A month or so ago, I led a discussion with a group of about a dozen technology executives. They are board members for different organizations. The discussion topic centered around how they should advise their company boards on artificial intelligence adoption strategy.
One participant in particular was fixated on preparing his board for artificial general intelligence (AGI). AGI is the point where artificial intelligence hits parity with human intelligence. I tried to steer him away from this focus. But, he was convinced that this was his mission. This is one of the challenges with artificial intelligence.
So, what is the difference between artificial intelligence and machine intelligence? In the vast majority of literature, they are pretty much used interchangeably. I believe the casual reader would consider them synonyms. However, I also believe the two terms are fundamentally different and each embodies a different mindset. And I see this difference reflected in adoption practices.
Artificial intelligence is more prevalent than machine intelligence. But actually, machine intelligence is an older term than artificial intelligence. John McCarthy, a professor at Stanford, is credited with coining the term artificial intelligence. He presented the term at the now famous 1956 AI workshop at Dartmouth. The term “machine intelligence” was first introduced by Alan Turing himself during lectures in 1947. He wrote a report in 1948 entitled, “Intelligent Machinery.” so, both terms have an impressive and storied history.
So let’s get right to what I think is the fundamental difference.
Artificial Intelligence is a Comparison with Human Intelligence
Artificial intelligence, at its core, compares intelligent computing to human intelligence. After all, we are not talking about artificial “dog” intelligence or artificial “cow” intelligence. It positions intelligent computing as artificial “human“ intelligence. The human is implied and the comparison is direct. Do a quick google search starting with “Can AI.” The autofill returns the below.
The hype is sometimes subtle making it even more misleading. An ieee article I read recently stated, “Everyone agrees that current AI techniques such as deep learning still fall short of enabling a general AI that has intelligence comparable to animals or humans.” The terminology “still falls short” implies that it is somewhat close. This is like saying that Southwest Airlines still falls short of interstellar travel. And yet, these kinds of comparisons are commonplace. At least ieee.com gives a shout out to artificial goat intelligence.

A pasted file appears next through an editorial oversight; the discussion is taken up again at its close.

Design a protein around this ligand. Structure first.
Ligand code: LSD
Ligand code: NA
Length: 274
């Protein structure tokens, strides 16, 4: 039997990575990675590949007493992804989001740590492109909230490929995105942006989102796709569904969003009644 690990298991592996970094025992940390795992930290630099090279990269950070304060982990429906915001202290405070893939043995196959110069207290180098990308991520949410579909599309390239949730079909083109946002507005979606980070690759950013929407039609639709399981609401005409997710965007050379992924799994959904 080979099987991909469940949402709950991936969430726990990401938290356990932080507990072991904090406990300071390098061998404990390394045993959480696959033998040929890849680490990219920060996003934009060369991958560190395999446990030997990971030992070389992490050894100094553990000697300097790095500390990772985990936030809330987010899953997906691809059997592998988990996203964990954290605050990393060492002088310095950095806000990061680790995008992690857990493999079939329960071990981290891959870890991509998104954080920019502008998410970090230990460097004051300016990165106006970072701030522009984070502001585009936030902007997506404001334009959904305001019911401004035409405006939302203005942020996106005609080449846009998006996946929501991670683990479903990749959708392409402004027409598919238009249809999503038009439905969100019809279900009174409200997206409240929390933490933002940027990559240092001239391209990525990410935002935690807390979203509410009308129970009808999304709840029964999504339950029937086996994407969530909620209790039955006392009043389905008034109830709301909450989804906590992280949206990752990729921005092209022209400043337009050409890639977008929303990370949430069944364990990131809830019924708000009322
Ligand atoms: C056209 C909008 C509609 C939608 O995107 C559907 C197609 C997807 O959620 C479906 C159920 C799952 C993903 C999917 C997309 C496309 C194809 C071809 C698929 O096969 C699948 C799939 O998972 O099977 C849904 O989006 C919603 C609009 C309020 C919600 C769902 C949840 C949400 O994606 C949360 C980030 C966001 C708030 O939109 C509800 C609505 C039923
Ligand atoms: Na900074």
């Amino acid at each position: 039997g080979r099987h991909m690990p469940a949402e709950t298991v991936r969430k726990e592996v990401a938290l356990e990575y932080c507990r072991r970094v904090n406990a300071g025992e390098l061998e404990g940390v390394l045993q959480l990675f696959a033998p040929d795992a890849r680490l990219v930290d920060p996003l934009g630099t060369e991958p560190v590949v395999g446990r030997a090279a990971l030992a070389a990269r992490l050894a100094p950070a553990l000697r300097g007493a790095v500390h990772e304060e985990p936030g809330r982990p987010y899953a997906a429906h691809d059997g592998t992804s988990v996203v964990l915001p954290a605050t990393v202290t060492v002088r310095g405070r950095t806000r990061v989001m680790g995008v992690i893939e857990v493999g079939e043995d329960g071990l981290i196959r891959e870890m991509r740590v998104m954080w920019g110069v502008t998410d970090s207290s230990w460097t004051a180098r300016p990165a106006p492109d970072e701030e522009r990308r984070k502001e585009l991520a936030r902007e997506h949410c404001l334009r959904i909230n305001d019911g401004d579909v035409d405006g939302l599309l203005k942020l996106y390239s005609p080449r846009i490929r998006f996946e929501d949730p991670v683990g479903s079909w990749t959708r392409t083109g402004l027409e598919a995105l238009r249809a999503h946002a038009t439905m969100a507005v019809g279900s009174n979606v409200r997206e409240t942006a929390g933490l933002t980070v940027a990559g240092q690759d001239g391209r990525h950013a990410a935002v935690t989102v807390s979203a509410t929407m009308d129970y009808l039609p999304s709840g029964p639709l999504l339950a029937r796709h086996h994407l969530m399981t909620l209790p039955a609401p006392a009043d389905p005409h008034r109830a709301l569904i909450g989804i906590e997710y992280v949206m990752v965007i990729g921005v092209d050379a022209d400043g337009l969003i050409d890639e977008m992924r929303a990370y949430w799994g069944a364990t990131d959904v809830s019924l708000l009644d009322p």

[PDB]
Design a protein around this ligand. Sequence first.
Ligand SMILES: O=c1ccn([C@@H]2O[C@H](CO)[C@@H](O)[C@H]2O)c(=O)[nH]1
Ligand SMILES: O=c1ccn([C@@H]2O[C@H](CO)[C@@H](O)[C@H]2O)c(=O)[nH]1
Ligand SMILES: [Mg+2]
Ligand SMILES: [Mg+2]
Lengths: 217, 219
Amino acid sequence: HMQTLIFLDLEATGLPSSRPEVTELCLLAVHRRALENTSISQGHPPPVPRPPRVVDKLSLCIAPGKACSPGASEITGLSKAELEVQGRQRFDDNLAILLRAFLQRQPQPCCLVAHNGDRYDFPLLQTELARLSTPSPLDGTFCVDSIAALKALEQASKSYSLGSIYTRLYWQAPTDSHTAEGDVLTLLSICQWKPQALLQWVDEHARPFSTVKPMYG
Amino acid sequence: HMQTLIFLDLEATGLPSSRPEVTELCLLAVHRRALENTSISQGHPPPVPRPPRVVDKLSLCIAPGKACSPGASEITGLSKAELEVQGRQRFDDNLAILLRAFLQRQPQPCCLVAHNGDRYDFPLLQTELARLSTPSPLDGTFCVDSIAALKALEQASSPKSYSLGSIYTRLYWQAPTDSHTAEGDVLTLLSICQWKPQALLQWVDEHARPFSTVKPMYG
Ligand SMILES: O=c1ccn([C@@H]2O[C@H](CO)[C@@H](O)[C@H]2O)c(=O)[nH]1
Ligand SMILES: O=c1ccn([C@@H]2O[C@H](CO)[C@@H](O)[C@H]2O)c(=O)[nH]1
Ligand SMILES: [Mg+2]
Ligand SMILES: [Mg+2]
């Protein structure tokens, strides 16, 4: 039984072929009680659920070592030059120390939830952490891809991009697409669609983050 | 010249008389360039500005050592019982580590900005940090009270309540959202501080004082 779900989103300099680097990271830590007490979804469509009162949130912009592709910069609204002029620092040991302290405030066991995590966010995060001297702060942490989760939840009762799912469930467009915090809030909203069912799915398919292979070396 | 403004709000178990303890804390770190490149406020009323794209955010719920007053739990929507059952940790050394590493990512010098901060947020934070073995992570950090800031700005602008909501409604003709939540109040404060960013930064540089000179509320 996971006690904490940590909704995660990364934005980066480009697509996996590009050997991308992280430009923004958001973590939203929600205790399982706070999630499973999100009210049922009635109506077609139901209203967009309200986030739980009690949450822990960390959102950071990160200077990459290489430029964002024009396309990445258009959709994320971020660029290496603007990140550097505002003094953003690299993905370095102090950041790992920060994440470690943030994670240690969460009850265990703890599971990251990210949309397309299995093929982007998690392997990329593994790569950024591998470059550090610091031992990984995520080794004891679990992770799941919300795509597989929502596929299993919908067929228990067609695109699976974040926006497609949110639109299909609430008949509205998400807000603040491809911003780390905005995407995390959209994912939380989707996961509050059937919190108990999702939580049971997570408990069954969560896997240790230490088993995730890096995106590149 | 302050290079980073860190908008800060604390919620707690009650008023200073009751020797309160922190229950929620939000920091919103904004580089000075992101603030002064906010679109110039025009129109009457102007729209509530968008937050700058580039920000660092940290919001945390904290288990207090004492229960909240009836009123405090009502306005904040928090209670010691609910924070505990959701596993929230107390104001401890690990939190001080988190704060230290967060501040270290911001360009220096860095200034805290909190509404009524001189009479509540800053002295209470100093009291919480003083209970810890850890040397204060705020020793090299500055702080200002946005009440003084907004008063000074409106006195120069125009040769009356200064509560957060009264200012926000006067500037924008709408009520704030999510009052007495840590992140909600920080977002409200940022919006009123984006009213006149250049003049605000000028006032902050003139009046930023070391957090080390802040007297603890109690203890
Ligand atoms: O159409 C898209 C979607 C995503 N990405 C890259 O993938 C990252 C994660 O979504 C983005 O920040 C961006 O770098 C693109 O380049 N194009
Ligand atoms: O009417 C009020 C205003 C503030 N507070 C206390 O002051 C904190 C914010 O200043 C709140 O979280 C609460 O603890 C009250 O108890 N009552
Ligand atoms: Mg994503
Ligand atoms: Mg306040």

I have seen many artificial intelligence models that directly measure machine intelligence against the strengths of human intelligence. Invariably, this is a one-sided view where machines, not surprisingly, come up short. Apparently, it is a really big deal for computers to achieve “common sense.” Contemplate that as a bar of achievement. How much of human greatness can we chalk up to common sense?
Machine Intelligence Centers on the Capabilities of Machines
Alternatively, the machine intelligence term embodies a more pure view of what machines can achieve without the bias of a comparison to humans (or dogs, cows and goats for that matter). This is important. It promotes a focus on the strengths of machine intelligence and not its comparative weaknesses.
What if we flipped the artificial intelligence model? What if we directly compared human intelligence to the strengths of machine intelligence. Human intelligence would not fare well. Machine intelligence performance far exceeds human intelligence in areas such as speed, scale, consistency and endurance.
For example, computer vision algorithms are now scanning x-rays to detect numerous pathologies. Algorithm accuracy is reaching parity with radiologist accuracy for a number of pathologies. Except the algorithm is much faster and can work 24-7 processing thousands of x-rays in a day. If you were to place those workloads on a human radiologist then we would see a tremendous accuracy advantage for the machine.
Which is better?
Better is a relative term. The term artificial intelligence might be better for data scientists in a lab. Some are using human intelligence as a bar to which they strive.
Analysis and experiments on when and how machines will achieve artificial general intelligence may help them invent and tune algorithms. However, business leaders should not get sidetracked by artificial “human“ intelligence.
I certainly favor machine intelligence over artificial intelligence for business adoption because It doesn’t carry the baggage of machines needing to outperform human intelligence in the areas where human intelligence excels. Business leaders shouldn’t wait for human parity before exploring the incredible potential of machine intelligence. The term also doesn’t position machine intelligence as a competing alternative to human intelligence.
In my opinion, it is far more productive to combine the two. The bottom line is that business leaders should focus on the strengths of machine intelligence and figure out how to combine those strengths with the capabilities of their people to build a better organization.
I’m not at all expecting the machine intelligence term to supplant artificial intelligence. I would just like to see machine intelligence appreciated for what it can do rather than being measured against the wondrous human brain.